Our undergrad research intern, Yiqiu Echo Yan, wrote the following reflection:
“I am very blessed to have had the opportunity of attending CWPA 2019 with the Transculturation Lab team. This conference not only helped me understand how scholars presented in front of the public but also taught me to be a professional presenter. Although I have worked in the research team for a semester and received extensive training on data coding, I was not fully prepared to talk about this project in front of a broader audience.
This conference gave me a chance to reflect on the work I had done in the lab, allowed me to further comprehend the research theories that supported the project, and helped me to critically evaluate the data analysis work I had done. Through my interactions with my co-researchers, I realized how important reflective thinking is for becoming a great researcher. I feel lucky that my team and institution offer me the opportunity to engage in critical reflection of my own practices.
At the conference, I was especially interested in talks by scholars on the topic of transculturation, internationalization in academia, and online education. It was such a pleasure that I could look up to these scholars and their pilot studies. It encouraged me as a researcher and also as an undergrad student to consider pursuing a higher degree in a related field.”
Later this week, we will present our work & its implications for writing programs at the Council of Writing Program Administrators Conference in Baltimore, MD. The conference theme this year is “More Seats at the Table,” and we are very excited to engage in conversation with other writing programs about our approach — a concrete way for WPAs to implement inclusion in their programs.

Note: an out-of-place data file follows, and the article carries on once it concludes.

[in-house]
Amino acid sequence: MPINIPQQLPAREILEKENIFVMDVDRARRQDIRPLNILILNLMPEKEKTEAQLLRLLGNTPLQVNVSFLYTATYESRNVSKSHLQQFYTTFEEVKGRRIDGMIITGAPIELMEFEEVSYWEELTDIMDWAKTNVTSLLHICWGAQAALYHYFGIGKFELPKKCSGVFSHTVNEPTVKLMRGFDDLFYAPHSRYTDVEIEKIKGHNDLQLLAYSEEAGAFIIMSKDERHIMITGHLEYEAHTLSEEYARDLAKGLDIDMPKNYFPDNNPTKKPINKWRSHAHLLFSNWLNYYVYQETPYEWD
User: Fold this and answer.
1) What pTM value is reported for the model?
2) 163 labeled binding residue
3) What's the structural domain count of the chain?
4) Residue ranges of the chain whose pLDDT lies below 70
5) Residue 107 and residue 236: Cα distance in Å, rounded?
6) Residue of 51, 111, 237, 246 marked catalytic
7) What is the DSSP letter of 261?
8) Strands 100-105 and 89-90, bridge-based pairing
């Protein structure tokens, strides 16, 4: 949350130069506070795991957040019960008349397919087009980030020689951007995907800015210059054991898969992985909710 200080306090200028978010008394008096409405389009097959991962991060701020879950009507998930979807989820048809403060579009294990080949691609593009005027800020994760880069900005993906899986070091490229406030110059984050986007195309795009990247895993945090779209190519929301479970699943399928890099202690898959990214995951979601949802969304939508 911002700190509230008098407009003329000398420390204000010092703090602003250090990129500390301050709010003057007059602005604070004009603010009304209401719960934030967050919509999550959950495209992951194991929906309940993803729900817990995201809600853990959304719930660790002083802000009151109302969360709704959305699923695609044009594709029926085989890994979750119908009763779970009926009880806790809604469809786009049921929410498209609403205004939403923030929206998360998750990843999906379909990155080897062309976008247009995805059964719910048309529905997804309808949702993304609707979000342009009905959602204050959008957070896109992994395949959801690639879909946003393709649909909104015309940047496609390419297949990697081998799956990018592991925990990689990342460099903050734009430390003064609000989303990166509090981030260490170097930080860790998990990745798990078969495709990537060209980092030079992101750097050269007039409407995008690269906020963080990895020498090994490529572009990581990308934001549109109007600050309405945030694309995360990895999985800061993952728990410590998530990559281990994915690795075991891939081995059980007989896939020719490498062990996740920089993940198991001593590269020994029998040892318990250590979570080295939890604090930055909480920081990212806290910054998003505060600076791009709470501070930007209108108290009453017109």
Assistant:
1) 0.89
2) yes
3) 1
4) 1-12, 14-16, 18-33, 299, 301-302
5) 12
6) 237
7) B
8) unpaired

We’ll be presenting at 9:20am on Saturday, July 27, 2019 in the Galena Room, Session H3.
In addition to a brief project overview and a detailed discussion of the results, we’ll be spending some time sharing what we’ve learned as teacher-researchers, and the implications of our work for writing programs and administrators.
Through our experience teaching the curriculum, we learned that the following characteristics are key to successful implementation of the curriculum:
Maintain transparency with students and seek open communication
Gradually deliver interventions and share instructor reflections with students
Create sustained dialogue through systematic reflective writing
Leverage student-instructor dialogue to clarify misunderstandings and invite shy or quiet students to express their thoughts
Dialogic feedback situates students better and engages them in their classroom community
Multiple levels of cultural exposure and interactions optimize opportunities for intercultural competence development.
Reflection and reflective writing need to be meaningfully integrated into the curriculum at every point.
IC development — like writing development! — is often non-linear. At times, it is recursive. Linear assessment will therefore miss a lot of the nuances in IC development.
Mixed-methods assessment offers the best chance to understand how and why students’ IC develops (or remains static) in response to curricular interventions.
Linked courses offer a low-impact, easily implemented method for targeting intercultural competence for both domestic and international students
Our project operationalizes the CWPA Framework for Success, as it emphasizes curiosity, openness, responsibility, metacognition, and engagement.
Targeting international competence for all students has appeal across the university, offering us receptive audiences across Purdue.